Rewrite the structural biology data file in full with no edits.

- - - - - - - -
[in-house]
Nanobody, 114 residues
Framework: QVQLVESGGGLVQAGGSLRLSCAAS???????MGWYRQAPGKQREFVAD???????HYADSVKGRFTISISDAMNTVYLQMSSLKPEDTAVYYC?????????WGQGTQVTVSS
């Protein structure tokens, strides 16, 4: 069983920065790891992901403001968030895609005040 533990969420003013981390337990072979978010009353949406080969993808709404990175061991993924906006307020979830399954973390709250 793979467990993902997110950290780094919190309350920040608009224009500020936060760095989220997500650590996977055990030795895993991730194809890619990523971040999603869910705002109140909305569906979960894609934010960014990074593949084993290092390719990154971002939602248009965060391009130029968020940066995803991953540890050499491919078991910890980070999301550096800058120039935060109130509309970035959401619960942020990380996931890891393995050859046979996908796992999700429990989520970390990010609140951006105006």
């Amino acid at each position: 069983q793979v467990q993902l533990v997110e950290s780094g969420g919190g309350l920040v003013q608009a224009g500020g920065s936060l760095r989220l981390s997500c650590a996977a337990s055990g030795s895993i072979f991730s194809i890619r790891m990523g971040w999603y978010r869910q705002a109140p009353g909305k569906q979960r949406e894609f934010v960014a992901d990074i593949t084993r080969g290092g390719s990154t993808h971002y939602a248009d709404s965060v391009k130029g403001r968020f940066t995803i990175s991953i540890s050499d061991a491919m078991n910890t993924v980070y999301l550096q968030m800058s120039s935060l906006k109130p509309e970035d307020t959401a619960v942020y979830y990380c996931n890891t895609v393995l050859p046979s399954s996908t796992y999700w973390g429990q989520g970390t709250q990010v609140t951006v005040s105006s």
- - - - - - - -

[in-house]
Nanobody, 114 residues
Framework: QVQLVESGGGLVQAGGSLRLSCAAS???????MGWYRQAPGKQREFVAD???????HYADSVKGRFTISISDAMNTVYLQMSSLKPEDTAVYYC?????????WGQGTQVTVSS
């Protein structure tokens, strides 16, 4: 069983920065790891992901403001968030895609005040 533990969420003013981390337990072979978010009353949406080969993808709404990175061991993924906006307020979830399954973390709250 793979467990993902997110950290780094919190309350920040608009224009500020936060760095989220997500650590996977055990030795895993991730194809890619990523971040999603869910705002109140909305569906979960894609934010960014990074593949084993290092390719990154971002939602248009965060391009130029968020940066995803991953540890050499491919078991910890980070999301550096800058120039935060109130509309970035959401619960942020990380996931890891393995050859046979996908796992999700429990989520970390990010609140951006105006």
């Amino acid at each position: 069983q793979v467990q993902l533990v997110e950290s780094g969420g919190g309350l920040v003013q608009a224009g500020g920065s936060l760095r989220l981390s997500c650590a996977a337990s055990g030795s895993i072979f991730s194809i890619r790891m990523g971040w999603y978010r869910q705002a109140p009353g909305k569906q979960r949406e894609f934010v960014a992901d990074i593949t084993r080969g290092g390719s990154t993808h971002y939602a248009d709404s965060v391009k130029g403001r968020f940066t995803i990175s991953i540890s050499d061991a491919m078991n910890t993924v980070y999301l550096q968030m800058s120039s935060l906006k109130p509309e970035d307020t959401a619960v942020y979830y990380c996931n890891t895609v393995l050859p046979s399954s996908t796992y999700w973390g429990q989520g970390t709250q990010v609140t951006v005040s105006s």